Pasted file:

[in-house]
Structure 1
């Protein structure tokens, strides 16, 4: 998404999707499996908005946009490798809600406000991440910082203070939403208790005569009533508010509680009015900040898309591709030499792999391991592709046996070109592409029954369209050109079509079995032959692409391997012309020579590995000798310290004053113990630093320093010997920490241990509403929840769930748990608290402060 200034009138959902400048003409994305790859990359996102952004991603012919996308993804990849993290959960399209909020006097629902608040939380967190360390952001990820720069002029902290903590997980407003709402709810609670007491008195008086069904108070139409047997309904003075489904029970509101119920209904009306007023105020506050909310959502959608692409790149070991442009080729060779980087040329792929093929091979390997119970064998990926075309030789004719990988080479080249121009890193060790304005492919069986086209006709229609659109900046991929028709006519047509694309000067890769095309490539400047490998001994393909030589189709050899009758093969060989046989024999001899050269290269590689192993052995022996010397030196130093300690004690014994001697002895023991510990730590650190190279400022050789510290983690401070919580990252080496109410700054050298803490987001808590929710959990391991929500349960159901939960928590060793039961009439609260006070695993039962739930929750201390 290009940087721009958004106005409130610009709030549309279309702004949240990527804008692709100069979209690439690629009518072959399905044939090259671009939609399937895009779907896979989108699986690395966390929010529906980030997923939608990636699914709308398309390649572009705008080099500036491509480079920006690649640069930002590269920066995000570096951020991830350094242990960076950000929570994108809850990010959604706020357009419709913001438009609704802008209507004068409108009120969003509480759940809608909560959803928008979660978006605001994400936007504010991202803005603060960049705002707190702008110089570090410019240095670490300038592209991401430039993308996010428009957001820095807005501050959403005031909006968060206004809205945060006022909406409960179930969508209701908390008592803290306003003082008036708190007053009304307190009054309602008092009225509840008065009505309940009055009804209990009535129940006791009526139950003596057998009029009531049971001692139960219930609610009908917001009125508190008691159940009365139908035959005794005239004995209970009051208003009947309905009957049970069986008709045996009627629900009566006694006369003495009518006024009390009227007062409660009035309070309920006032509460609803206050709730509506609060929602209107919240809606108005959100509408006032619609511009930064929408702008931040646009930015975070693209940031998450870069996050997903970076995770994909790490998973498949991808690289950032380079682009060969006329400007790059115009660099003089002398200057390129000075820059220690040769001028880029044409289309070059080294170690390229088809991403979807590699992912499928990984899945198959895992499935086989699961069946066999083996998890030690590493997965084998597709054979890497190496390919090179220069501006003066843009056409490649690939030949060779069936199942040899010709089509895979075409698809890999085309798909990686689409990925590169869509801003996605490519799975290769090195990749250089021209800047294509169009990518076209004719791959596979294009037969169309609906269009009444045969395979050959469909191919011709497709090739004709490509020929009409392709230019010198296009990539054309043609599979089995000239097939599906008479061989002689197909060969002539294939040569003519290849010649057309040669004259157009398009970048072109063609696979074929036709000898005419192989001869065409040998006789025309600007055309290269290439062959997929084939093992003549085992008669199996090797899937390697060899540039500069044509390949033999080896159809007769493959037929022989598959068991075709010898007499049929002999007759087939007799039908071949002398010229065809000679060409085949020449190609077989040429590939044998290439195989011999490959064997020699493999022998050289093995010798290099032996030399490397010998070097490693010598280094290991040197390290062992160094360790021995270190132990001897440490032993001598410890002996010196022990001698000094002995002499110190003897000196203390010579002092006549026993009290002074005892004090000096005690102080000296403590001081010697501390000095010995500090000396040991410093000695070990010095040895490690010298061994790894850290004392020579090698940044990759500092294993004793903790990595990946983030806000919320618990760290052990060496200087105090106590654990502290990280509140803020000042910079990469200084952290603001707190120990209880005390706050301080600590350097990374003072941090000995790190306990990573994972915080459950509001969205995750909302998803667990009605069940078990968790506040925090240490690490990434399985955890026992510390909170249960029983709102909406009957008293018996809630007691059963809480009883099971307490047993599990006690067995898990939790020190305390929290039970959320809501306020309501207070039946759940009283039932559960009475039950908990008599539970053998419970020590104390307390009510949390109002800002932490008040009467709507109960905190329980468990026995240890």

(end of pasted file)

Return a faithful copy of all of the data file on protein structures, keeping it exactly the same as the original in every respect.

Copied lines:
[in-house]
Structure 1
């Protein structure tokens, strides 16, 4: 998404999707499996908005946009490798809600406000991440910082203070939403208790005569009533508010509680009015900040898309591709030499792999391991592709046996070109592409029954369209050109079509079995032959692409391997012309020579590995000798310290004053113990630093320093010997920490241990509403929840769930748990608290402060 200034009138959902400048003409994305790859990359996102952004991603012919996308993804990849993290959960399209909020006097629902608040939380967190360390952001990820720069002029902290903590997980407003709402709810609670007491008195008086069904108070139409047997309904003075489904029970509101119920209904009306007023105020506050909310959502959608692409790149070991442009080729060779980087040329792929093929091979390997119970064998990926075309030789004719990988080479080249121009890193060790304005492919069986086209006709229609659109900046991929028709006519047509694309000067890769095309490539400047490998001994393909030589189709050899009758093969060989046989024999001899050269290269590689192993052995022996010397030196130093300690004690014994001697002895023991510990730590650190190279400022050789510290983690401070919580990252080496109410700054050298803490987001808590929710959990391991929500349960159901939960928590060793039961009439609260006070695993039962739930929750201390 290009940087721009958004106005409130610009709030549309279309702004949240990527804008692709100069979209690439690629009518072959399905044939090259671009939609399937895009779907896979989108699986690395966390929010529906980030997923939608990636699914709308398309390649572009705008080099500036491509480079920006690649640069930002590269920066995000570096951020991830350094242990960076950000929570994108809850990010959604706020357009419709913001438009609704802008209507004068409108009120969003509480759940809608909560959803928008979660978006605001994400936007504010991202803005603060960049705002707190702008110089570090410019240095670490300038592209991401430039993308996010428009957001820095807005501050959403005031909006968060206004809205945060006022909406409960179930969508209701908390008592803290306003003082008036708190007053009304307190009054309602008092009225509840008065009505309940009055009804209990009535129940006791009526139950003596057998009029009531049971001692139960219930609610009908917001009125508190008691159940009365139908035959005794005239004995209970009051208003009947309905009957049970069986008709045996009627629900009566006694006369003495009518006024009390009227007062409660009035309070309920006032509460609803206050709730509506609060929602209107919240809606108005959100509408006032619609511009930064929408702008931040646009930015975070693209940031998450870069996050997903970076995770994909790490998973498949991808690289950032380079682009060969006329400007790059115009660099003089002398200057390129000075820059220690040769001028880029044409289309070059080294170690390229088809991403979807590699992912499928990984899945198959895992499935086989699961069946066999083996998890030690590493997965084998597709054979890497190496390919090179220069501006003066843009056409490649690939030949060779069936199942040899010709089509895979075409698809890999085309798909990686689409990925590169869509801003996605490519799975290769090195990749250089021209800047294509169009990518076209004719791959596979294009037969169309609906269009009444045969395979050959469909191919011709497709090739004709490509020929009409392709230019010198296009990539054309043609599979089995000239097939599906008479061989002689197909060969002539294939040569003519290849010649057309040669004259157009398009970048072109063609696979074929036709000898005419192989001869065409040998006789025309600007055309290269290439062959997929084939093992003549085992008669199996090797899937390697060899540039500069044509390949033999080896159809007769493959037929022989598959068991075709010898007499049929002999007759087939007799039908071949002398010229065809000679060409085949020449190609077989040429590939044998290439195989011999490959064997020699493999022998050289093995010798290099032996030399490397010998070097490693010598280094290991040197390290062992160094360790021995270190132990001897440490032993001598410890002996010196022990001698000094002995002499110190003897000196203390010579002092006549026993009290002074005892004090000096005690102080000296403590001081010697501390000095010995500090000396040991410093000695070990010095040895490690010298061994790894850290004392020579090698940044990759500092294993004793903790990595990946983030806000919320618990760290052990060496200087105090106590654990502290990280509140803020000042910079990469200084952290603001707190120990209880005390706050301080600590350097990374003072941090000995790190306990990573994972915080459950509001969205995750909302998803667990009605069940078990968790506040925090240490690490990434399985955890026992510390909170249960029983709102909406009957008293018996809630007691059963809480009883099971307490047993599990006690067995898990939790020190305390929290039970959320809501306020309501207070039946759940009283039932559960009475039950908990008599539970053998419970020590104390307390009510949390109002800002932490008040009467709507109960905190329980468990026995240890």